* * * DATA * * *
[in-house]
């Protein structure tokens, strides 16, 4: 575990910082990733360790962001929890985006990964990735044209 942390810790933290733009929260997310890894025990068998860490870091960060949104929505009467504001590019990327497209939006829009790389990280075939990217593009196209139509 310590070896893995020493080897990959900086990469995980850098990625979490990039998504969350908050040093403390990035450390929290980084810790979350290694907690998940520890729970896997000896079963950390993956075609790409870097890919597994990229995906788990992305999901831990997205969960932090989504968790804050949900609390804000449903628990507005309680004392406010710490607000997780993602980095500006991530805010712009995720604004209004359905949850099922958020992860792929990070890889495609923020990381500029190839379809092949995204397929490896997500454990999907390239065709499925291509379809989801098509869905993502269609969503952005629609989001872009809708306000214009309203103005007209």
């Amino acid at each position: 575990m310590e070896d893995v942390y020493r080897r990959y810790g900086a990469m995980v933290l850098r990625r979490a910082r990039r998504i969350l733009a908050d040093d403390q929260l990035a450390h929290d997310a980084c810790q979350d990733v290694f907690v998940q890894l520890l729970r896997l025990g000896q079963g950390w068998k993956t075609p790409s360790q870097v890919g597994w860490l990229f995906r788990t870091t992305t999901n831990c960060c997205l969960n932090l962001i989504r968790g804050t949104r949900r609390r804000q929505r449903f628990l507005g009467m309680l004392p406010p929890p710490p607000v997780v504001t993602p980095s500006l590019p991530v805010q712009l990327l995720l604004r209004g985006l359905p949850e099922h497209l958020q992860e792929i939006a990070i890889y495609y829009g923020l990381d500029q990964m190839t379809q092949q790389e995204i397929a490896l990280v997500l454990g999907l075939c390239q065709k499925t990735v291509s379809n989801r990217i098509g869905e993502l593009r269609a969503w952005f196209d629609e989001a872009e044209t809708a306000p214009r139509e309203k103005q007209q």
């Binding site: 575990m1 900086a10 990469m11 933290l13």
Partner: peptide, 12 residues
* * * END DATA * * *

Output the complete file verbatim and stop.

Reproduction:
[in-house]
């Protein structure tokens, strides 16, 4: 575990910082990733360790962001929890985006990964990735044209 942390810790933290733009929260997310890894025990068998860490870091960060949104929505009467504001590019990327497209939006829009790389990280075939990217593009196209139509 310590070896893995020493080897990959900086990469995980850098990625979490990039998504969350908050040093403390990035450390929290980084810790979350290694907690998940520890729970896997000896079963950390993956075609790409870097890919597994990229995906788990992305999901831990997205969960932090989504968790804050949900609390804000449903628990507005309680004392406010710490607000997780993602980095500006991530805010712009995720604004209004359905949850099922958020992860792929990070890889495609923020990381500029190839379809092949995204397929490896997500454990999907390239065709499925291509379809989801098509869905993502269609969503952005629609989001872009809708306000214009309203103005007209």
């Amino acid at each position: 575990m310590e070896d893995v942390y020493r080897r990959y810790g900086a990469m995980v933290l850098r990625r979490a910082r990039r998504i969350l733009a908050d040093d403390q929260l990035a450390h929290d997310a980084c810790q979350d990733v290694f907690v998940q890894l520890l729970r896997l025990g000896q079963g950390w068998k993956t075609p790409s360790q870097v890919g597994w860490l990229f995906r788990t870091t992305t999901n831990c960060c997205l969960n932090l962001i989504r968790g804050t949104r949900r609390r804000q929505r449903f628990l507005g009467m309680l004392p406010p929890p710490p607000v997780v504001t993602p980095s500006l590019p991530v805010q712009l990327l995720l604004r209004g985006l359905p949850e099922h497209l958020q992860e792929i939006a990070i890889y495609y829009g923020l990381d500029q990964m190839t379809q092949q790389e995204i397929a490896l990280v997500l454990g999907l075939c390239q065709k499925t990735v291509s379809n989801r990217i098509g869905e993502l593009r269609a969503w952005f196209d629609e989001a872009e044209t809708a306000p214009r139509e309203k103005q007209q």
């Binding site: 575990m1 900086a10 990469m11 933290l13």
Partner: peptide, 12 residues